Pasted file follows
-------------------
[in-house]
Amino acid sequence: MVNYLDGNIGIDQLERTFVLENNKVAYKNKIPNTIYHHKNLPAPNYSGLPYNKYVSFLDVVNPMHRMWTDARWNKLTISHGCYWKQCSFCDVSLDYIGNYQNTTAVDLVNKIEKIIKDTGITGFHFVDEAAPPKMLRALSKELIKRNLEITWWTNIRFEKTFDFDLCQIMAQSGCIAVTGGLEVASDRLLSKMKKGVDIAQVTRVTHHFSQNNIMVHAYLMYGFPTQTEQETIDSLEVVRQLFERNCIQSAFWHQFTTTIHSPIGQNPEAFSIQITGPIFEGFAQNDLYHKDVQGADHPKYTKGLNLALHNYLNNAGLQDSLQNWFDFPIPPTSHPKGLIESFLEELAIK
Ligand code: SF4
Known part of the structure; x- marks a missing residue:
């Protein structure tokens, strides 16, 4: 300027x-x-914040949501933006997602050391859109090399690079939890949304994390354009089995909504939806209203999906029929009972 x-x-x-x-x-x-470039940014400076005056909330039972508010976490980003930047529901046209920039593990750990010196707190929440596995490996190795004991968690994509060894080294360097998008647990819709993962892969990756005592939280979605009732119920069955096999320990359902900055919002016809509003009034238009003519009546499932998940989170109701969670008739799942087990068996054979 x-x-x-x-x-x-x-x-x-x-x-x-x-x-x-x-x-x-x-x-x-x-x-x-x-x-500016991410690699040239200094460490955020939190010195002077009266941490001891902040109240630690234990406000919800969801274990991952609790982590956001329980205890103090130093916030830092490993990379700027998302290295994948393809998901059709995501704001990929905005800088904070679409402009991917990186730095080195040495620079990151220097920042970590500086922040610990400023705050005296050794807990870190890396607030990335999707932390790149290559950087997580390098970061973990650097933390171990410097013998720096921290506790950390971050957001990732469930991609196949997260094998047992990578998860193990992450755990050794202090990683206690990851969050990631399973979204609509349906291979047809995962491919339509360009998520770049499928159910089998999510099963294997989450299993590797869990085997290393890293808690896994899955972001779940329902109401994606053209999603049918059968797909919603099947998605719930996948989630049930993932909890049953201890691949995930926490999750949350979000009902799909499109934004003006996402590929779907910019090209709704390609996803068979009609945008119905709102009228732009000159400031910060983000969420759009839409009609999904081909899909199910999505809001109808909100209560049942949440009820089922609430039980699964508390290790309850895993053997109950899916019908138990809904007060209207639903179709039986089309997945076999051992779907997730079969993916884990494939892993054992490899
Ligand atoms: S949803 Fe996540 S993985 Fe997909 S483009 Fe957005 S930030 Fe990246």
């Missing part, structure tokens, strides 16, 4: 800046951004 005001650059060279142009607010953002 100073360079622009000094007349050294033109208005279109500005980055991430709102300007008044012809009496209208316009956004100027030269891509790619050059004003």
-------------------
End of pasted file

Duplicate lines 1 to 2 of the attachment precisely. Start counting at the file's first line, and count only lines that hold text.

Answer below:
[in-house]
Amino acid sequence: MVNYLDGNIGIDQLERTFVLENNKVAYKNKIPNTIYHHKNLPAPNYSGLPYNKYVSFLDVVNPMHRMWTDARWNKLTISHGCYWKQCSFCDVSLDYIGNYQNTTAVDLVNKIEKIIKDTGITGFHFVDEAAPPKMLRALSKELIKRNLEITWWTNIRFEKTFDFDLCQIMAQSGCIAVTGGLEVASDRLLSKMKKGVDIAQVTRVTHHFSQNNIMVHAYLMYGFPTQTEQETIDSLEVVRQLFERNCIQSAFWHQFTTTIHSPIGQNPEAFSIQITGPIFEGFAQNDLYHKDVQGADHPKYTKGLNLALHNYLNNAGLQDSLQNWFDFPIPPTSHPKGLIESFLEELAIK